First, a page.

The federal legislation, which Schumer said he expected to easily pass the Senate, would place a cap on the annual rate hikes; remove the stipulation in the Biggert Waters Act that would have decimated home values by applying the new, higher rates to anyone purchasing a home in a high-risk flood zone; and repeal provisions of the law that forced drastic premium increases on homeowners that built to code and then were subsequently mapped into a higher risk area.
The Senate last month passed a more comprehensive flood insurance bill, which would have delayed all flood insurance increases until FEMA completed an affordability study, was not supported by the House.
“Coming right after Sandy, when people were just struggling to find the wherewithal to build their home back, this was just doubly insulting,” Schumer said of the rate hikes during Monday’s press conference.
Saying “there’s finally a light at the end of the tunnel,” Schumer said the new legislation will help to “keep these beautiful middle class communities middle class.”
“Is it everything we wanted?” Schumer continued in reference to the bill. “No. It is darn good? Yes.”
Goldfeder, whose own home was damaged in Sandy, lauded the legislation.
“Superstorm Sandy may have damaged thousands of homes in southern Queens and Rockaway, but skyrocketing flood insurance rates will wipe out our community and destroy any progress we’ve made over the past 17 months,” Goldfeder said.
Roger Gendron, president of the New Hamilton Beach Civic Association, also said that the rate increases would have “devastated communities.”
“The bigger battle wasn’t building back your home or cleaning your home, it was fighting the insurance companies,” Gendron said.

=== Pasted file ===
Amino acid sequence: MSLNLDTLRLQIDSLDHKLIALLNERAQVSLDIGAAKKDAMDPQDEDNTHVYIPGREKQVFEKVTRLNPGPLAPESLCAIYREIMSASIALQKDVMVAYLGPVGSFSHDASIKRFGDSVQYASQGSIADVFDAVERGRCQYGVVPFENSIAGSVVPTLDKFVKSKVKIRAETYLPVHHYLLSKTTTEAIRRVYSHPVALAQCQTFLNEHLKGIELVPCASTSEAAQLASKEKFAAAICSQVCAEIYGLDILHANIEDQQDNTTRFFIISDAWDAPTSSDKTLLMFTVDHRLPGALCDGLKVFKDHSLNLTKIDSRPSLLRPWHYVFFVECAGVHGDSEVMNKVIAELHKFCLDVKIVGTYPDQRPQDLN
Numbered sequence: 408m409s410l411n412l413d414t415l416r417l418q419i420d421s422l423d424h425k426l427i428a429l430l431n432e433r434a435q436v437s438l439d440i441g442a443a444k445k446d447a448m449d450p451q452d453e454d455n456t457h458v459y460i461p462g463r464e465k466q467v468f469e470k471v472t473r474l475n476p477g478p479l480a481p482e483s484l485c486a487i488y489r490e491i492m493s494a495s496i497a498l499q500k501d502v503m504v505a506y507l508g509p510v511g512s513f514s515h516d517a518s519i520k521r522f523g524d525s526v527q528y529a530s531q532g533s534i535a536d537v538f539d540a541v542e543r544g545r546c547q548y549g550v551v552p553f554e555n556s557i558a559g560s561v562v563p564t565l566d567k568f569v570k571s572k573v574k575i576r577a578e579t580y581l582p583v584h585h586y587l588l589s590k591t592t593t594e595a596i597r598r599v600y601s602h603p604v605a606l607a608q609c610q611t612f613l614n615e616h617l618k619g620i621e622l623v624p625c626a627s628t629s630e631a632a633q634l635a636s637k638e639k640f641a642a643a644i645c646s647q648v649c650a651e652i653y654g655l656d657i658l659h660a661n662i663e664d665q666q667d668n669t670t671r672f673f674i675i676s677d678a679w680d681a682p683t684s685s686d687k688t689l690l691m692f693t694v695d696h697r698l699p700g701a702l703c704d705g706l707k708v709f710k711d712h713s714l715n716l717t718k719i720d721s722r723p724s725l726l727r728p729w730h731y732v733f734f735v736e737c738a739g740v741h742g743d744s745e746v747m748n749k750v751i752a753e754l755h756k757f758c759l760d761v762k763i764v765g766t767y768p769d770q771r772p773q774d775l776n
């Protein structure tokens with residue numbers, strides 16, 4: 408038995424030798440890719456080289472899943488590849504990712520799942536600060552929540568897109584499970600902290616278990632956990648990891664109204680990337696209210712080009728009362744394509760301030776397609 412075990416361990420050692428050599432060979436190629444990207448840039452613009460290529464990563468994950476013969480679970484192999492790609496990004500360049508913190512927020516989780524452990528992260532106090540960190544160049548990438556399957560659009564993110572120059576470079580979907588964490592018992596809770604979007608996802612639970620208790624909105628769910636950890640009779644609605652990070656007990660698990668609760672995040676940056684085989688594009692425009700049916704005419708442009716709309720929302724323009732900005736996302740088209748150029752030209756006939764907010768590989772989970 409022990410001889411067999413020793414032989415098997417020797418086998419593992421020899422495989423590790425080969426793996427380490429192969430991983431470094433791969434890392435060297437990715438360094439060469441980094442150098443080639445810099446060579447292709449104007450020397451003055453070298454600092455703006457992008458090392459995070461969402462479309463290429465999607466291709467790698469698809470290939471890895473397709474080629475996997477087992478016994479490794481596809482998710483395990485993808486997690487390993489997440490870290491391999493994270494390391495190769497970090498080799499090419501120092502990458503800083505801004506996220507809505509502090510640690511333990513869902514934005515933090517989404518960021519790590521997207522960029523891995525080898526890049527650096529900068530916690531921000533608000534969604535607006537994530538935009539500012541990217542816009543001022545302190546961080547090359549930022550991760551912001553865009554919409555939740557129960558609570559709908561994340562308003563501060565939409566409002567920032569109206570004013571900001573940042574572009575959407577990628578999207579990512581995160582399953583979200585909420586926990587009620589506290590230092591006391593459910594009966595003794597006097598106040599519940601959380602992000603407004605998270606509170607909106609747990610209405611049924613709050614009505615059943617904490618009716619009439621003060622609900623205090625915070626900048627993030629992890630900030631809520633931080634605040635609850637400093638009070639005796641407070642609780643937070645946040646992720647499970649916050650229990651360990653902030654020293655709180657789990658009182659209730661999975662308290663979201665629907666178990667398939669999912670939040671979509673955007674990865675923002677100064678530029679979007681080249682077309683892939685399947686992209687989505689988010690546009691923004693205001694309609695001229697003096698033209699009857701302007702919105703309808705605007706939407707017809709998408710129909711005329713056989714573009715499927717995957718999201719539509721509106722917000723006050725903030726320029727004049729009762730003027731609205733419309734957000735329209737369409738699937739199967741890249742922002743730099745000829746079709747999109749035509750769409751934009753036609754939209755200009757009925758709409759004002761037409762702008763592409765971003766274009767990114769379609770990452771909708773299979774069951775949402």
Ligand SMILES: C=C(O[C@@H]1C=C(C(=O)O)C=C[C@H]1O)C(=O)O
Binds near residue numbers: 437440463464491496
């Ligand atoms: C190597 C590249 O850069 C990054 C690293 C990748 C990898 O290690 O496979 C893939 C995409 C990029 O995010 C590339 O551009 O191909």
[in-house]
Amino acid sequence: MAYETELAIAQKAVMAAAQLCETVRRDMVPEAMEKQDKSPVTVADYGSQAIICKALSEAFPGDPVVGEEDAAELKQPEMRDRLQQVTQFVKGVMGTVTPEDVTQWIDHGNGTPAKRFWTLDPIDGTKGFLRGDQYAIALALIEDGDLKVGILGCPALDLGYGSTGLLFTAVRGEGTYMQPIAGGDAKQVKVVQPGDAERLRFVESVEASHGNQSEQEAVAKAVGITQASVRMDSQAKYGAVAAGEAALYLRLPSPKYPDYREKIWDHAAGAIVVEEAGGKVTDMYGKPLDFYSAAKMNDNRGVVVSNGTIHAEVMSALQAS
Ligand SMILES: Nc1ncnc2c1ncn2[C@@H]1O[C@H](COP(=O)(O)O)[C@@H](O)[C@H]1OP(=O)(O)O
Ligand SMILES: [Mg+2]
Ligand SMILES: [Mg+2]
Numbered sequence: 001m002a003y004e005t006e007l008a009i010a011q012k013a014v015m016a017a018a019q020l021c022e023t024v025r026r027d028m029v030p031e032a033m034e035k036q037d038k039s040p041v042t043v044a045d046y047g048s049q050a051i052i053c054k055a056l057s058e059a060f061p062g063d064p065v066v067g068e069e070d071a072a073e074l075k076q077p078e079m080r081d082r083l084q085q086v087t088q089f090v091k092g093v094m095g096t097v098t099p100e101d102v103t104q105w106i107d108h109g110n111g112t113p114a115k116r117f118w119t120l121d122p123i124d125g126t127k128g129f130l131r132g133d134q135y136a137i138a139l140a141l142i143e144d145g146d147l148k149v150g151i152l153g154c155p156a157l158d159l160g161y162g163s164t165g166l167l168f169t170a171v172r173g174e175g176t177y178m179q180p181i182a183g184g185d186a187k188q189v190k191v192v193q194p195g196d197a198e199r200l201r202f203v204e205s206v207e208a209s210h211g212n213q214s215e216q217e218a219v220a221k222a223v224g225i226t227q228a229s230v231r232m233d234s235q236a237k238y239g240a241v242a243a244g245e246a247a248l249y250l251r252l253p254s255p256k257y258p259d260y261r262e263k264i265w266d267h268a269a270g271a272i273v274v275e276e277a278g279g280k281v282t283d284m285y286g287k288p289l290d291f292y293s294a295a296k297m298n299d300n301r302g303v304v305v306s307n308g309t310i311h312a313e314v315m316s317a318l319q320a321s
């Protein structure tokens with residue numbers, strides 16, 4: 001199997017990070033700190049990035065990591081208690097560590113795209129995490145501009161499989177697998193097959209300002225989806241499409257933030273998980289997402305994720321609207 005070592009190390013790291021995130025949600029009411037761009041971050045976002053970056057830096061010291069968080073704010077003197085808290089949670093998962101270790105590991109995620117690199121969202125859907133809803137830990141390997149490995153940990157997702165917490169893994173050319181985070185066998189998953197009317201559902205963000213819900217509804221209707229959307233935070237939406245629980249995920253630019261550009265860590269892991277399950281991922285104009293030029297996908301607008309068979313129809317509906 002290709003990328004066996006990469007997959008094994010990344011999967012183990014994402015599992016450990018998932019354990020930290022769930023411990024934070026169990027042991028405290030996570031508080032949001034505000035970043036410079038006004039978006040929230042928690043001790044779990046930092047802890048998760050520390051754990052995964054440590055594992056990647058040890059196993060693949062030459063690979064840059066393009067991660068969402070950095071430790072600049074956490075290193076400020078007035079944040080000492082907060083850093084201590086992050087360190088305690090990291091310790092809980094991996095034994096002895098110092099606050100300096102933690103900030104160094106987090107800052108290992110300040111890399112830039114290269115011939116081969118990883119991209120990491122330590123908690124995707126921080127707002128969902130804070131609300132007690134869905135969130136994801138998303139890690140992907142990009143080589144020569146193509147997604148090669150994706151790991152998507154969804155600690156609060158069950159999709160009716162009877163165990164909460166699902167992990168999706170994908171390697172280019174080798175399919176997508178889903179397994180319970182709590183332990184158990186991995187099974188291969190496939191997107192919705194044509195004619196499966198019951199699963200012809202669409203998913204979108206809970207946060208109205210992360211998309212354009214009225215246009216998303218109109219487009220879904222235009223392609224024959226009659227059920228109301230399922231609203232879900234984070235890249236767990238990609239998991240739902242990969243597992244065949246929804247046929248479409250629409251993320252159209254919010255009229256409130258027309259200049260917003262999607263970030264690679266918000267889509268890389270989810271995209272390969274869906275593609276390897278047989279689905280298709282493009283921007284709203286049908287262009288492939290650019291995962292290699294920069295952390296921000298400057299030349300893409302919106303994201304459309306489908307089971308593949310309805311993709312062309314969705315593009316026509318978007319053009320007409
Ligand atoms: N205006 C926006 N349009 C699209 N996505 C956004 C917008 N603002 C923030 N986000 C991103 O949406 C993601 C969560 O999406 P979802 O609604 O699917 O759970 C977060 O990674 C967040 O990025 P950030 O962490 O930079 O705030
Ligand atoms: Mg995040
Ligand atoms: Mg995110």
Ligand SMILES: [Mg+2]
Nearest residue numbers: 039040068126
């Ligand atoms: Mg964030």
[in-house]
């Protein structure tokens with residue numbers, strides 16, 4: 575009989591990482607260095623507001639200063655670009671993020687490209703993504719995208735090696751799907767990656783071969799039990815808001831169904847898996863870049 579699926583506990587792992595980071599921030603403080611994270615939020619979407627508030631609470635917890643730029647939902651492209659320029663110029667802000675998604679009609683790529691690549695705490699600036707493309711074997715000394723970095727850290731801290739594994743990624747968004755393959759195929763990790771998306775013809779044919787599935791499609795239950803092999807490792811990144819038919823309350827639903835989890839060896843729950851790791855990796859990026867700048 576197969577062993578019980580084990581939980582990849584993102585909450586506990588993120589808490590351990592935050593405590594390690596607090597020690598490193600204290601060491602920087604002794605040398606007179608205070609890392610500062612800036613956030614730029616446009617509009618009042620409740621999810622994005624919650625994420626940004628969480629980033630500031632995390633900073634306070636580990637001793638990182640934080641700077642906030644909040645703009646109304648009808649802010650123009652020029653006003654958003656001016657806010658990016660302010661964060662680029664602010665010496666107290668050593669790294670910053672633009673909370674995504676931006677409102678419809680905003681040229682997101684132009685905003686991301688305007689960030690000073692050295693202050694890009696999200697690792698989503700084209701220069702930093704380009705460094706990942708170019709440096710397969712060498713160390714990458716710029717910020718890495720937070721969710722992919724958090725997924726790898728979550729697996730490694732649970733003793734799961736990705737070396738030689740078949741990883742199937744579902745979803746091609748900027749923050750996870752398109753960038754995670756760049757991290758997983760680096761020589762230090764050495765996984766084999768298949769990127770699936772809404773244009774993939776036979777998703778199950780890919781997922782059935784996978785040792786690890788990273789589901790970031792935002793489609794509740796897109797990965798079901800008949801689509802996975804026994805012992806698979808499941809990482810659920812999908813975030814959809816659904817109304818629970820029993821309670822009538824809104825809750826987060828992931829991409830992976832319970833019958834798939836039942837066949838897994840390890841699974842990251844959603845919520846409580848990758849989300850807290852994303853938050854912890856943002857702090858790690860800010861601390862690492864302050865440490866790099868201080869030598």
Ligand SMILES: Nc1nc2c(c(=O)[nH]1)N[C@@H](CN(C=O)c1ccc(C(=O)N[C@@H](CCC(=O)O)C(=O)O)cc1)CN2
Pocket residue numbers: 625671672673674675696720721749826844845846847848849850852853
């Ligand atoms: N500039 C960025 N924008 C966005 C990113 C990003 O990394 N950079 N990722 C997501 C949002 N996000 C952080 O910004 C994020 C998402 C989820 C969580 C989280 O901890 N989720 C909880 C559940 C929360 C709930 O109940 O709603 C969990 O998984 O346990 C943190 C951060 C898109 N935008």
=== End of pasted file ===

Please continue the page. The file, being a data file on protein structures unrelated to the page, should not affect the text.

Specifically, the legislation, provided it passes the Senate and is approved by President Obama, will allow someone buying a home to be treated the same as the seller – meaning no policyholder will have to experience the rate shock of moving to full risk rates overnight.
The bill also reinstates the flood insurance program’s grandfathering provision, allowing homeowners that previously built to code under FEMA’s previous flood maps would not be hit with large increases if their new maps show a greater risk of flooding.
With the legislation, FEMA will also be required to complete an affordability study, which was mandated by the Biggert-Waters Act, that will be submitted to Congress for review.
Schumer and his Democratic colleagues in the Senate and House, including U.S. Rep. Gregory Meeks (D-Queens), worked to add a series of provisions to the House bill, including a stipulation that limits yearly premium increases to an average of 15 percent and a mandate that no individual policyholder pay an increase of more than 18 percent a year.
It also urges FEMA to attempt to allow most flood insurance policyholders to pay no more than 1 percent of the value of their insurance coverage for their premium – so, for example, $2,000 for a $200,000 policy.